10 things to inspect before buying a fixer upper

Before you take the plunge, make sure you tick off the top 10 things to consider before purchasing...

10 things to inspect before buying a fixer upper

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Have you been inspired by The Block and Grand Designs and harbour dreams of buying a rundown property, preferably in a good neighbourhood for below market price, and transforming it into your dream home?

1. Time

Anyone who’s ever tackled a renovation project will tell you renos always take longer than you expect. Overhauling a fixer upper is at the extreme end of the spectrum, so first up you should realistically assess whether you have the time to take on the task.


2. Capacity of work

Next, work out what you’re getting yourself into and consult a professional to determine whether the property requires a cosmetic or structural renovation. "Structural renovations are generally more expensive so consider whether this will be financially worth it, Rearranging layouts and updating the house is easier to achieve on a budget.”


3. Structural issues

Structural issues can quickly blow out your budget and turn the property from a potential fixer upper to a condemned knock down. Invest in a pest and building inspection – if structural issues exist and you decide to proceed, you can use the report to negotiate a better price.


4. Council constraints

There’s no point buying a fixer upper in an area where council restrictions would prevent you from achieving your vision. "Check your contract of sale prior to purchasing as this may show any easements through your property, which will have restrictions on building works, Speak to your council town planner and find out the restrictions your property may have. Trees on the property may also pose a risk to building as these may require council permission to remove – depending on the species and size, this may not be possible.”


5. Budget

"To get a realistic idea on a budget, it is best to contact your tradespeople, most importantly your builder, It’s easy to underestimate the work involved when you are not in the industry.” And be honest with yourself: Is the cost within your budget?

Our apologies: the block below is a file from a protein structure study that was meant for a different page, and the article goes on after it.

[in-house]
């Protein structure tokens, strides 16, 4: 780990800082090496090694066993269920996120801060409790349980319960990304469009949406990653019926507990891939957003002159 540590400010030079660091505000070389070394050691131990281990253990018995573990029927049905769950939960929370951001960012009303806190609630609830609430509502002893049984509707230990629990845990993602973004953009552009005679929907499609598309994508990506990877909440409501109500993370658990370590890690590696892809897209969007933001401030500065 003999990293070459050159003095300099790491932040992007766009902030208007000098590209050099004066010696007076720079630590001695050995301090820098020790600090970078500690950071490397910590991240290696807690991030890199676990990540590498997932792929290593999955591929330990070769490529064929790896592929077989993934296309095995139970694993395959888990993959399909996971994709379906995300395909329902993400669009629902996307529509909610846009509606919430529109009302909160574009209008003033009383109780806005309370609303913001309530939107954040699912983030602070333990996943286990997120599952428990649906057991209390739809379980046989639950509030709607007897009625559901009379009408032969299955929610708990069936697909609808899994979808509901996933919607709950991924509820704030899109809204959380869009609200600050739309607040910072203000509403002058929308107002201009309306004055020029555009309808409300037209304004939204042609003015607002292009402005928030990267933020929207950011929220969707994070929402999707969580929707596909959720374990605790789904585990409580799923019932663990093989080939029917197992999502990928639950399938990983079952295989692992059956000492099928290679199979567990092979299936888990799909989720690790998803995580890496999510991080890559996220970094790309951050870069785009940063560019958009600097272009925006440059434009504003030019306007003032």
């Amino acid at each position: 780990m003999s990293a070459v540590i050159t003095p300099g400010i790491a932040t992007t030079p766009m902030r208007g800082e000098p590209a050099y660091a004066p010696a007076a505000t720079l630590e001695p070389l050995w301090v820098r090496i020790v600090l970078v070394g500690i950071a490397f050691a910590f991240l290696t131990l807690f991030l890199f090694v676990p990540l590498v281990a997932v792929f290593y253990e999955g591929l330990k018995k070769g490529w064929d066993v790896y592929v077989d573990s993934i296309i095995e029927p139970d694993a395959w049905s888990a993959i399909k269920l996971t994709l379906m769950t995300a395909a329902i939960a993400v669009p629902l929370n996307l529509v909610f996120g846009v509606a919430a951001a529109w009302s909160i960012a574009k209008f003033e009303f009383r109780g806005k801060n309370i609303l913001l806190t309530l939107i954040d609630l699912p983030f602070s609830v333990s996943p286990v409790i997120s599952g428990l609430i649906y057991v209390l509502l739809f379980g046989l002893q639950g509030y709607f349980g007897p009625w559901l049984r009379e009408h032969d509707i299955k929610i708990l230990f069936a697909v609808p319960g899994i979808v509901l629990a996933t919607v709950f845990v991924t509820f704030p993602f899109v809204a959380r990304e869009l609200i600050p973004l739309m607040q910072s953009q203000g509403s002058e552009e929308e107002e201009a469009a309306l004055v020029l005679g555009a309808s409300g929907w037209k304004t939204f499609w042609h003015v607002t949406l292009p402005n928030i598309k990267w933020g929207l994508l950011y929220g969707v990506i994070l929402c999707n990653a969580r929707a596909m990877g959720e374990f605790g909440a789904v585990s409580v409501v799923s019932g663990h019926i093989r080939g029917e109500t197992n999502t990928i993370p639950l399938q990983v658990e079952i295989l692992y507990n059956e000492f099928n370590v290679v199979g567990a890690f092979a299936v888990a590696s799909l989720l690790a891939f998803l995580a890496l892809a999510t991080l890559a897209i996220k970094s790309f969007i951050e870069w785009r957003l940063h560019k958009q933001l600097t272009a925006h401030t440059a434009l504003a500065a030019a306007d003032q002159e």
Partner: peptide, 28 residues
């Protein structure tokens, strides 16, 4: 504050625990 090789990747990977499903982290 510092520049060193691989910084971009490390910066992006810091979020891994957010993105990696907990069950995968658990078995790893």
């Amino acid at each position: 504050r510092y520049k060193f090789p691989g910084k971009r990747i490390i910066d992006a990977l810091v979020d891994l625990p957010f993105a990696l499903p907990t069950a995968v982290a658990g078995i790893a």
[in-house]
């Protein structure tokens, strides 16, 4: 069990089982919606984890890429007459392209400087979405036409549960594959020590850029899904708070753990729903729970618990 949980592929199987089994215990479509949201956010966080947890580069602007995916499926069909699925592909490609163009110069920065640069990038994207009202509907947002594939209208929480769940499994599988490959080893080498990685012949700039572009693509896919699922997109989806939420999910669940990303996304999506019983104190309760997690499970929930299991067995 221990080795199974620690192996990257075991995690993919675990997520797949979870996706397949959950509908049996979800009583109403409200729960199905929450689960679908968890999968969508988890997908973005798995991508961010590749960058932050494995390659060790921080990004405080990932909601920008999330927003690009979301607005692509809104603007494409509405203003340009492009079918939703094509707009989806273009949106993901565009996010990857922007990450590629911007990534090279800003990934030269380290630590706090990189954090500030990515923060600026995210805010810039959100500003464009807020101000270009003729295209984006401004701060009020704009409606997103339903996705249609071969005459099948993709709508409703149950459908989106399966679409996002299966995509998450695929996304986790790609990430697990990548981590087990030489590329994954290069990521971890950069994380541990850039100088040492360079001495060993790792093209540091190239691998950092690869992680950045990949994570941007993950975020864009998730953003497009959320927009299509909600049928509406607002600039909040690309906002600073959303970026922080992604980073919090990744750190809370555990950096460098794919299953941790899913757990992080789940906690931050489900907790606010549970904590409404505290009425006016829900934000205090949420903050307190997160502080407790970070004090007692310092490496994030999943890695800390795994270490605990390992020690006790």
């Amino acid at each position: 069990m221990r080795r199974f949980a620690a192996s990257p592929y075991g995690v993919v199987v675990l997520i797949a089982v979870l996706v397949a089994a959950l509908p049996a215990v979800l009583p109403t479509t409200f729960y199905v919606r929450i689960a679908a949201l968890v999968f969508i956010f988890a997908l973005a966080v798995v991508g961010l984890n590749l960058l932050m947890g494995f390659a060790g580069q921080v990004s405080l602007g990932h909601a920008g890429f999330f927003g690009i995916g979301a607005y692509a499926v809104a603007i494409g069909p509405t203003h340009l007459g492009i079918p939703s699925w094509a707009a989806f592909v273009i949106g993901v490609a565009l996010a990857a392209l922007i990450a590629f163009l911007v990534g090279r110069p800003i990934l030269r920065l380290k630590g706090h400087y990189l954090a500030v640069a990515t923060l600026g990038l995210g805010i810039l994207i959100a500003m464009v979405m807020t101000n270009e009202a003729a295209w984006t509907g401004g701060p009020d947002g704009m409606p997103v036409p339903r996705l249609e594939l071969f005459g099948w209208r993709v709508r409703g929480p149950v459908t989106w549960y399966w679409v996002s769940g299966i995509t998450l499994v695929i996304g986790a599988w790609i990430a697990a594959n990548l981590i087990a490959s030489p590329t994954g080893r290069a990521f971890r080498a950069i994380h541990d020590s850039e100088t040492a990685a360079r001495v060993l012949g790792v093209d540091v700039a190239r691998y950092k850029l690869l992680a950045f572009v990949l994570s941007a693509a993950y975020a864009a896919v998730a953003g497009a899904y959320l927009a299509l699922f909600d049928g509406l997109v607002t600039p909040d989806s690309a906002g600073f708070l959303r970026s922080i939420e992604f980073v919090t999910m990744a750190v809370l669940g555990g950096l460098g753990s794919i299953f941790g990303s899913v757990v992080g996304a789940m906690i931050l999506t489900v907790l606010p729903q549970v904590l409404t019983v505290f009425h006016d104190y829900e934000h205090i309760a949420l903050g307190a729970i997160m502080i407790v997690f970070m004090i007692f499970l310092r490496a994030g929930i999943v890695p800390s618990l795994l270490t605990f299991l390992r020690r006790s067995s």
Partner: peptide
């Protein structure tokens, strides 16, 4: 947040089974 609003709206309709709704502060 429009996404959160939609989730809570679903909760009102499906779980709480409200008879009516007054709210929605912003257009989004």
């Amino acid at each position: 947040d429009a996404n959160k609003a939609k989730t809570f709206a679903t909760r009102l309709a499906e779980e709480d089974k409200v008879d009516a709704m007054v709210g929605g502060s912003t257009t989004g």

6. Functional living

A factor often overlooked in most renovations is where you and your family will live during the process. If you’ve sold your previous home, you will have to consider renting – and add the cost to the overall budget – or moving in with family, which may raise its own issues.


7. Be Open

"Write a list of do’s and don’ts or compile a mood board for the house so you can reflect back during the renovation to make sure you are keeping to your vision for the property – however, be open to suggestions along the way.”


8. Emotional toll

Renovations and stress seem to go hand in hand. To minimise stress, establish a good working relationship with your builder and maintain an open communication throughout the process.


9. Contingencies

Despite your meticulous planning, be prepared for things to go wrong and set aside a contingency fund to deal with it. A 10% contingency in your budget usually covers unforeseen costs.


10. Neighbourhood prospects

Whether you intend to keep the property or sell it down the track, it’s wise to ensure you don’t overcapitalise or create a home that is completely out of step with what buyers in the area are prepared to pay for. Consult a local real estate agent to ensure your plans for the property are in keeping with what buyers expect.